A: Well said, Ray, I totally agree. Sometimes the devil you know is better than the devil you don't know. In this case, both are creatures from Hell. But you're right, it would be a lot easier to have the Fed taken over by academics (preferably accounting professors), the dual mandate eliminated, and their powers greatly diminished.
Q: Shah, I always learn from you and you have a high level quality of reader comments, too. Don't always agree, but again, always learn. This is democracy, right here. ~ Mary Jane
A: Thanks, Mary Jane. I'm not always right, so not agreeing with me is sometimes a good thing. After all, I remember the one time I was wrong. And as far as reader comments, I agree totally. There are a lot of really smart and engaged people making our conversation a lot better for everyone, especially for me.
Q: FOOD, WATER, AMMO!! ~ Jeffrey H.
A: Yeah, but you might have to reverse that order.
Let's keep going...
Q [re: "The Junk Credit Bubble"]: The question is, what is left to screw up? It should have all died back with bank liquidity problems. Tech bubble, oil/gas bubble, real estate, you name it. Phony gold, blocks of collateralized companies, is there a straw that will break the camel's back? Cause I'd like to go short... ~ Ed
A: There are always straws that will break the collective public's back. That's because the public, being the proverbial camel, is always ripe to be humped. Why? Because schemes will keep coming and get through the threadbare protective net of insufficiently motivated regulators employing an overly complex regulatory wet blanket with no real heat applied to crooked pinstriped creeps.
If you want to go short, there are plenty of bubbles forming. Pick one, or two. Just keep in mind, timing when they're going to pop is anything but easy.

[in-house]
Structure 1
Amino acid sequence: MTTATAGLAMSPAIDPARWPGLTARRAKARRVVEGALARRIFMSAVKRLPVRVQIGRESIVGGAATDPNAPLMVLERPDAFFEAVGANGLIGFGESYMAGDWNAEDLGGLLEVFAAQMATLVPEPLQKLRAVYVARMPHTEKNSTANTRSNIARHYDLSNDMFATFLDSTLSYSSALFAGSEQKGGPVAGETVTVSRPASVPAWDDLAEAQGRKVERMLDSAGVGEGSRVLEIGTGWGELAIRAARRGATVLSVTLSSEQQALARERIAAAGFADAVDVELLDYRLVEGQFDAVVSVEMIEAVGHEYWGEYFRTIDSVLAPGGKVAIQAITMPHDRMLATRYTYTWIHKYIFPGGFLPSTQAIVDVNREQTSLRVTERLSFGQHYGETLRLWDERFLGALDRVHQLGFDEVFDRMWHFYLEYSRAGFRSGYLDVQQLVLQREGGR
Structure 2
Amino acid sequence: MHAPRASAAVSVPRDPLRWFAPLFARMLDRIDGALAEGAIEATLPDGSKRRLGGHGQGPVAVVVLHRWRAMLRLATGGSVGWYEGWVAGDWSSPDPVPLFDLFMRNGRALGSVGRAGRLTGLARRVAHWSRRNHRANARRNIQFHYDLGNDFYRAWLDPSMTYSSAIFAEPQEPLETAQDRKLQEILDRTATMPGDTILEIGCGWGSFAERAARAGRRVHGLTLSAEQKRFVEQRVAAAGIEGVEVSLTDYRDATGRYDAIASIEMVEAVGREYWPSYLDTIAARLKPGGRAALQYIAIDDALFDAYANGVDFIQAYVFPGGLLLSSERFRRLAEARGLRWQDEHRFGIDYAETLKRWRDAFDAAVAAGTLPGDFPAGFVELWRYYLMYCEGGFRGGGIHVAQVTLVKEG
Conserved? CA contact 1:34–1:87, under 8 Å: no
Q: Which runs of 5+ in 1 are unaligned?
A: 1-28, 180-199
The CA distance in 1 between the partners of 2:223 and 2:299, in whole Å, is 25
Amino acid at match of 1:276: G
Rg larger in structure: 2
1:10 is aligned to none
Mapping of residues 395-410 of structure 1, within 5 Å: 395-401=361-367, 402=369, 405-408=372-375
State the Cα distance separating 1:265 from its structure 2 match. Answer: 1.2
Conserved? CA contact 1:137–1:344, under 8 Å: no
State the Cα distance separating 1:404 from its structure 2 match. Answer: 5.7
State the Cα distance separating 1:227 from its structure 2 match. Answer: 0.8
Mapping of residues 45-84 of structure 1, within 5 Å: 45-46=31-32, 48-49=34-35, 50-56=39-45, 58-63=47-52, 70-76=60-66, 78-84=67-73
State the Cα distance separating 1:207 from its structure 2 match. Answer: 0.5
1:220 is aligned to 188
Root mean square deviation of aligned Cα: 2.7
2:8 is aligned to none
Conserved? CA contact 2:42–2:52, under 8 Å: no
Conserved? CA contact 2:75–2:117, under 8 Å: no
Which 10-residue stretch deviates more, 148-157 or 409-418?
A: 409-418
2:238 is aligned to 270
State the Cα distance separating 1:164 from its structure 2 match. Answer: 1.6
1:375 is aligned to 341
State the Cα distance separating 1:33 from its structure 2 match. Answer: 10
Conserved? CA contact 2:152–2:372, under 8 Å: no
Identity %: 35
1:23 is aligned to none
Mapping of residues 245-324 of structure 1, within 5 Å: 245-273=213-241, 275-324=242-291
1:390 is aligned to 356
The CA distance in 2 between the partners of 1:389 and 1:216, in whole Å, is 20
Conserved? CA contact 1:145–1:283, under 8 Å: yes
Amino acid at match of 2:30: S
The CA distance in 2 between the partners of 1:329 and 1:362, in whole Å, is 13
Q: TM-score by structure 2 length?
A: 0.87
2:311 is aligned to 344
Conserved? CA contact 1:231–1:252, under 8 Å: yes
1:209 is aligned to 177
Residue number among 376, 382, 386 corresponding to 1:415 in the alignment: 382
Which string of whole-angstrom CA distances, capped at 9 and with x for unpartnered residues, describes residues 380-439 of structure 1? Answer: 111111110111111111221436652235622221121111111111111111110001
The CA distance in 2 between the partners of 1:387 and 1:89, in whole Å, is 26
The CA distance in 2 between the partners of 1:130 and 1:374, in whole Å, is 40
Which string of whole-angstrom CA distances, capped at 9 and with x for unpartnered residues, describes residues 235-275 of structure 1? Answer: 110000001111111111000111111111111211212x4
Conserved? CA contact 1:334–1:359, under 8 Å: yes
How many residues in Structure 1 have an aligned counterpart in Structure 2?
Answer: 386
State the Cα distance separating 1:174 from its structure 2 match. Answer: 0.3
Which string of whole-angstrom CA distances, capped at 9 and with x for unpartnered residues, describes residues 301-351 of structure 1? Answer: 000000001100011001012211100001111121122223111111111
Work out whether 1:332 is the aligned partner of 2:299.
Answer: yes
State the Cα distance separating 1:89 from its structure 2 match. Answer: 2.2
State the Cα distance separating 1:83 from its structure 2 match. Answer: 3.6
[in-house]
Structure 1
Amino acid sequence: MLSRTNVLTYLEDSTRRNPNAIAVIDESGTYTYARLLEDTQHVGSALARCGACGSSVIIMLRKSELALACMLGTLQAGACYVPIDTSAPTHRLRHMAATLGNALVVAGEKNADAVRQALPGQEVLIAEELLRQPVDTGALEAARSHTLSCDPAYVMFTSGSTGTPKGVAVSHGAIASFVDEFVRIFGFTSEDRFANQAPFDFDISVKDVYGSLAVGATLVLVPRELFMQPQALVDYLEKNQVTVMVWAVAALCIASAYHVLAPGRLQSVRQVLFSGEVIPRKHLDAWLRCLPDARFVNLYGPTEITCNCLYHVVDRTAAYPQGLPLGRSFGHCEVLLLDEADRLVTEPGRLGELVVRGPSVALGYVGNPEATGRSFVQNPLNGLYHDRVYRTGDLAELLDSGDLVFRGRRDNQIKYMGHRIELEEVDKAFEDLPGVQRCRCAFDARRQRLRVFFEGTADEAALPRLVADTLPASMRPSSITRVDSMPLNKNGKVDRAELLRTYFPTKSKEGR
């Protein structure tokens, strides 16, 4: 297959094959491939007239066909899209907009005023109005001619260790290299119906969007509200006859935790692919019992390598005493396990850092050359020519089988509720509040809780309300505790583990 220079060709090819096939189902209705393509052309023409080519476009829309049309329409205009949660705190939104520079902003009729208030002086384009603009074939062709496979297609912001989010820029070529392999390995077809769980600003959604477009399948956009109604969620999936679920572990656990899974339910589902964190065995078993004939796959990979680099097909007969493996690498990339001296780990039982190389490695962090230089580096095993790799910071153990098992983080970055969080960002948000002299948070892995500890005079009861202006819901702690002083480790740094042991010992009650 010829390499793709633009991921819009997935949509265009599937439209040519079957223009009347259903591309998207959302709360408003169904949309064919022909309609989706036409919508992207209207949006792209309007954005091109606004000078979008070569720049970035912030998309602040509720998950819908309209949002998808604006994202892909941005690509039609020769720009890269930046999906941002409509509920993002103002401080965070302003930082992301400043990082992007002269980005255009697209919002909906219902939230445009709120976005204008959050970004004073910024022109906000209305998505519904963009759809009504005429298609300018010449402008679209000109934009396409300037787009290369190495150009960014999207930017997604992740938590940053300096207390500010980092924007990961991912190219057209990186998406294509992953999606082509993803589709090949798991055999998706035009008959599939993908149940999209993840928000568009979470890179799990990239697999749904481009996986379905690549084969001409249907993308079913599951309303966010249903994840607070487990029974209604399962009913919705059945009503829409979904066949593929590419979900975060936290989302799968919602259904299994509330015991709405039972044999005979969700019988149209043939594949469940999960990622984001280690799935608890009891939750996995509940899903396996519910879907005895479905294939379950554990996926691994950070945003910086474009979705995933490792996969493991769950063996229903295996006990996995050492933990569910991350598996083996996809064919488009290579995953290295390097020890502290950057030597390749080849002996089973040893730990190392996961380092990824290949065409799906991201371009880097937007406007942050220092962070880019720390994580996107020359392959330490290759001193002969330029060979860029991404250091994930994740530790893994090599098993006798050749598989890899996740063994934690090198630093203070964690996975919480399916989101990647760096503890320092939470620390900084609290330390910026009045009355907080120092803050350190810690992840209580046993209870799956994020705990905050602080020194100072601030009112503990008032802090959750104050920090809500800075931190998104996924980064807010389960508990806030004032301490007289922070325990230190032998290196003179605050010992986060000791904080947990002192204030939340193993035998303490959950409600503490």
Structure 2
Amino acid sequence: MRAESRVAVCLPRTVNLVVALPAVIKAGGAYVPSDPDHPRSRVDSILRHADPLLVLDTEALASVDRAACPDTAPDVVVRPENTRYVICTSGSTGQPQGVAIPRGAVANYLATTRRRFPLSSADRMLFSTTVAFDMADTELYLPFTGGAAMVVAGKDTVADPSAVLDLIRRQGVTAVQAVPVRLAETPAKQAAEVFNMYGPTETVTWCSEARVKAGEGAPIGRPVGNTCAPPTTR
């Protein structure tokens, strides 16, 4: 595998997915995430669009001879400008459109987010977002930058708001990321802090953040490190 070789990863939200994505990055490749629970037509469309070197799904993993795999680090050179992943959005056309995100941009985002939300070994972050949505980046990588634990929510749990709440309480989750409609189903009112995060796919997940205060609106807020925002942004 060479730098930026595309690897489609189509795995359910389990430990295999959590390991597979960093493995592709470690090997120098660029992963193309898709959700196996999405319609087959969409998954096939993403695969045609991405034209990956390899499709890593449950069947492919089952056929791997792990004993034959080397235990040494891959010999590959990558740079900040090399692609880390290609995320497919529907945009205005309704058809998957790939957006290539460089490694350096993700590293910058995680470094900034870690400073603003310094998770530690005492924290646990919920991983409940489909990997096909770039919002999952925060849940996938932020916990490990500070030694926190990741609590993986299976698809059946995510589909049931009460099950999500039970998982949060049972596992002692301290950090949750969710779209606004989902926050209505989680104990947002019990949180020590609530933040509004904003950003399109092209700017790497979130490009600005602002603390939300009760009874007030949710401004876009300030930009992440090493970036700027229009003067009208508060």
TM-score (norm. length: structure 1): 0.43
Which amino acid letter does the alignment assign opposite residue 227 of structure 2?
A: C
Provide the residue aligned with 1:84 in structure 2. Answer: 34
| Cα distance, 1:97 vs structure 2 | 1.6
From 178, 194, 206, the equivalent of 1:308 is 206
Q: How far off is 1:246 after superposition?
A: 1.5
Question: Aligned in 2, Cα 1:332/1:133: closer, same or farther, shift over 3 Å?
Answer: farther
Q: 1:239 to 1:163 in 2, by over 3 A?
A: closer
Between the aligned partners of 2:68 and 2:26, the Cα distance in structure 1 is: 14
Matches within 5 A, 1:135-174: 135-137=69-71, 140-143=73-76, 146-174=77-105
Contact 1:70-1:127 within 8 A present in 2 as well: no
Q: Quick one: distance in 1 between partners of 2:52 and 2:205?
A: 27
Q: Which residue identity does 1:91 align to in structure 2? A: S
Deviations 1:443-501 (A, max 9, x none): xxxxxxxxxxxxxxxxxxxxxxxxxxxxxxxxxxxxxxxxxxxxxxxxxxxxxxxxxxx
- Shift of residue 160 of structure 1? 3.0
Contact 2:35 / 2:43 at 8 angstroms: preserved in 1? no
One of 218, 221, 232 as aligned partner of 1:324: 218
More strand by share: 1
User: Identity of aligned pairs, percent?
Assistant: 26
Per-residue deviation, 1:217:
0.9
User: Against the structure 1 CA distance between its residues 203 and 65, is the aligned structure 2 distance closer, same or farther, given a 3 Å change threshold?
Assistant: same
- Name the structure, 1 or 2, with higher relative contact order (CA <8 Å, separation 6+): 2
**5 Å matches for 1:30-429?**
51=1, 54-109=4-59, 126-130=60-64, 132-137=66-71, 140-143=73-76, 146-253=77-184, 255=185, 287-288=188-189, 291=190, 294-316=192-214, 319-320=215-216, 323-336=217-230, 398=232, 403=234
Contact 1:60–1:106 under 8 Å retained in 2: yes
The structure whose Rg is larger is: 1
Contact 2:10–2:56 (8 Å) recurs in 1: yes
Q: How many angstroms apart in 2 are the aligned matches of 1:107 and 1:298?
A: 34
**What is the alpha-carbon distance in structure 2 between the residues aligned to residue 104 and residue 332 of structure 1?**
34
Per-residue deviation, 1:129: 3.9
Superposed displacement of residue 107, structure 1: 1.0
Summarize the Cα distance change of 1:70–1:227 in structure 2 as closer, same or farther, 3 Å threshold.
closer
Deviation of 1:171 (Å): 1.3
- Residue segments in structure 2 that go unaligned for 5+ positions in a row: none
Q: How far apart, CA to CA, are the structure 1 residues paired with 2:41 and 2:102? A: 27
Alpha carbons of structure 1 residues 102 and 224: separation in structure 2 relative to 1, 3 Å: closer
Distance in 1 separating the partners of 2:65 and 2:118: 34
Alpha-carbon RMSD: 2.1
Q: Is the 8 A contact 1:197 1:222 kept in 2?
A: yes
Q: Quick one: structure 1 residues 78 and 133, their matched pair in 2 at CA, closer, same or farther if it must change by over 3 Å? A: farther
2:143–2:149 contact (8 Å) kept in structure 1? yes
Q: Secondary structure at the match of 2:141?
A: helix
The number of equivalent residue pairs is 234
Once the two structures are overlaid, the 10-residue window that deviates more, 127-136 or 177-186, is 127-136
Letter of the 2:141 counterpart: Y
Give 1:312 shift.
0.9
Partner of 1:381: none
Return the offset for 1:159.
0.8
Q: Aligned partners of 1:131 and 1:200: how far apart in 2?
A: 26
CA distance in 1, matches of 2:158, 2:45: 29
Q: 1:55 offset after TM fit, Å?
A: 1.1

Next up: "Why Nothing has Changed Since Black Monday."
Q: I was under impression (perhaps wrong) that it is better to lend bailout money to European countries, instead of directly supporting troubled banks there. What is the difference, and does it matter? ~ Dimi C.
A: You are right, it is better to lend (if you have to) to countries as opposed to private banks. Banks can go belly-up, and if you're a creditor you get in line to pick up what's left. When a country gets in trouble, it can always (maybe not always) borrow more, because people believe that their taxing power will be enough to pay them back. The long theory is that even if they (sovereigns) do default, they will continue to exist, so they will have to prove that they are, or will be, credit-worthy again, and so will eventually pay off old debts, or most of them. The difference does matter.
Q: What would happen if all the CDS players got in a room and cancelled all their contracts by calculating the value and settling up? Would the combined net value be positive negative or zero? ~ D.A.P.